3 Ways Grammy Awards’ #MeToo Moment Was Off-Key

Is #MeToo a movement, or a marketing tactic?

To many, the Jan. 28 Grammy Awards fell short of the former, paying lip service to the women of #MeToo and #TimesUp without having a real impact on the music industry. Most of the night's award winners were men, with female performers like SZA—who was nominated for five awards—losing to the likes of The Weeknd and Bruno Mars.

Here are three ways the Grammy ceremony failed to authentically embrace its #MeToo moment:

Kesha's loss. Pop vocalist Kesha led one of the few planned #MeToo moments at the ceremony, a star-studded all-women rendition of her song "Praying." The song is an emotional takedown of the pop star's alleged abuser and former producer Lukasz "Dr. Luke" Gottwald. But the performance stood in stark contrast to Kesha's loss to Ed Sheeran in the Best Solo Pop Performance category. (Sheeran wasn't at the ceremony to accept his award.)

Twitter users were furious at Sheeran's win:

White roses drooped. While performers and attendees were encouraged to wear a white rose to show support for the women of the #MeToo movement, the gesture felt more like a fashion statement than a show of solidarity. As Pitchfork journalist Quinn Moreland reported, "the white rose on the Grammy red carpet were spotty at best—despite personally witnessing some publicists carrying small bouquets of them, for keeping their artists on trend."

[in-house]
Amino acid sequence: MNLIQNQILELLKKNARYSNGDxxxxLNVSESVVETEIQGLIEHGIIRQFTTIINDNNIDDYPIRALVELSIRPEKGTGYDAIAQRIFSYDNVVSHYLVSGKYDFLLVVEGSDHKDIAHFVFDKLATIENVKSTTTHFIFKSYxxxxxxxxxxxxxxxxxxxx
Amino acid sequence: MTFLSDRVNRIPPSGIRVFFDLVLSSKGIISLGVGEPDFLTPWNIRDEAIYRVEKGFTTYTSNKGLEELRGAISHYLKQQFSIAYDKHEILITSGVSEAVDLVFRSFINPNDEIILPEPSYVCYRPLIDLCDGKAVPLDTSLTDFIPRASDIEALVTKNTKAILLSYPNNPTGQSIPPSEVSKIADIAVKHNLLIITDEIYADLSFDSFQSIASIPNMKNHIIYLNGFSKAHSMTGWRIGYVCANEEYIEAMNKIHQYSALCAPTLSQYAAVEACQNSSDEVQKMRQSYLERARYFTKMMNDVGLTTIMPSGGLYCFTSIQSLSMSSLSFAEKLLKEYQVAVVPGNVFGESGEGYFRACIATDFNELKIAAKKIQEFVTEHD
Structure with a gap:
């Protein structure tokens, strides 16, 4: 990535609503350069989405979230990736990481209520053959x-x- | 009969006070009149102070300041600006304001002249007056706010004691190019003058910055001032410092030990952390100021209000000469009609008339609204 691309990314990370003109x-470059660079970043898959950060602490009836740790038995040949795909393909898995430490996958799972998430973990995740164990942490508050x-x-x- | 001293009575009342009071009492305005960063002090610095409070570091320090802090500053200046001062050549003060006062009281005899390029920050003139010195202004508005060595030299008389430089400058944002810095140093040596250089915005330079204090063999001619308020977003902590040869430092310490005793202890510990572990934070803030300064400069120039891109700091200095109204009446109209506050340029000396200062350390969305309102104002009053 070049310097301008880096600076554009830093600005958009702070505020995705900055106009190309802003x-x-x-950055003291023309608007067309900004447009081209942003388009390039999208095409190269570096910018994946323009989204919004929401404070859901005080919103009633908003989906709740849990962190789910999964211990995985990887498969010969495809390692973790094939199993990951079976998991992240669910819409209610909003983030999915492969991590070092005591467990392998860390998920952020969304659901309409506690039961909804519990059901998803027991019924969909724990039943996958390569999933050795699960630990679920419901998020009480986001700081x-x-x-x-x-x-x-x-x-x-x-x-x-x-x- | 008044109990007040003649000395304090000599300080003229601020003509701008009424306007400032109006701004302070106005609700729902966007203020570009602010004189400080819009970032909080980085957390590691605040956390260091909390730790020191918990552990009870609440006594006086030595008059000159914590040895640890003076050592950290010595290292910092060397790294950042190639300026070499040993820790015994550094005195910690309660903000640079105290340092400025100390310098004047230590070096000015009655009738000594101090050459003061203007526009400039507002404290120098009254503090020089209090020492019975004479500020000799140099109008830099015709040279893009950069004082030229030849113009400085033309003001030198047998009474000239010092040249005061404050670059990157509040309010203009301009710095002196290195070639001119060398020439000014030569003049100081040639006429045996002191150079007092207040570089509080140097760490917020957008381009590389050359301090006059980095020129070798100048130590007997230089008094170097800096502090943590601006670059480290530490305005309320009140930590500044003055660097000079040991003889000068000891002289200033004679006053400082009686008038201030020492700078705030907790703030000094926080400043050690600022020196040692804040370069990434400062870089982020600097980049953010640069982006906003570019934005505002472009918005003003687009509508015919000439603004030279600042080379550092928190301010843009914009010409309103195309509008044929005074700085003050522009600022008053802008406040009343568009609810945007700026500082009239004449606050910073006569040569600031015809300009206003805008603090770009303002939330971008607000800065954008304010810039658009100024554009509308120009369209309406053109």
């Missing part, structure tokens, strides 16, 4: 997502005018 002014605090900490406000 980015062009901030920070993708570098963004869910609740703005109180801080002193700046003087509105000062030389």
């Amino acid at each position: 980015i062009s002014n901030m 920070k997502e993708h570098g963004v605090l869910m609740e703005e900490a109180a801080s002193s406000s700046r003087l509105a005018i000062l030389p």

Too little, too late. Voices In Entertainment, the group of female label executives who made the white rose announcement, sent out a letter inviting artists to wear the symbol only days before the event. And Janelle Monae, who introduced Kesha's performance, was the first to mention the Time's Up movement—a whole two hours into the the ceremony. The timing of both the announcement and Kesha's performance made the Grammys' #MeToo moment appear like an afterthought.

The Grammys' failed to directly address the tenets of the #MeToo movement—equal pay and representation; an end to sexual misconduct in the entertainment industry. It looked and felt like hasty #MeToo me-tooism.

It's a warning to other brands hoping to do the same: Make sure your brand's actions live up to its marketing promises—or risk alienating the very audience you hoped to impress.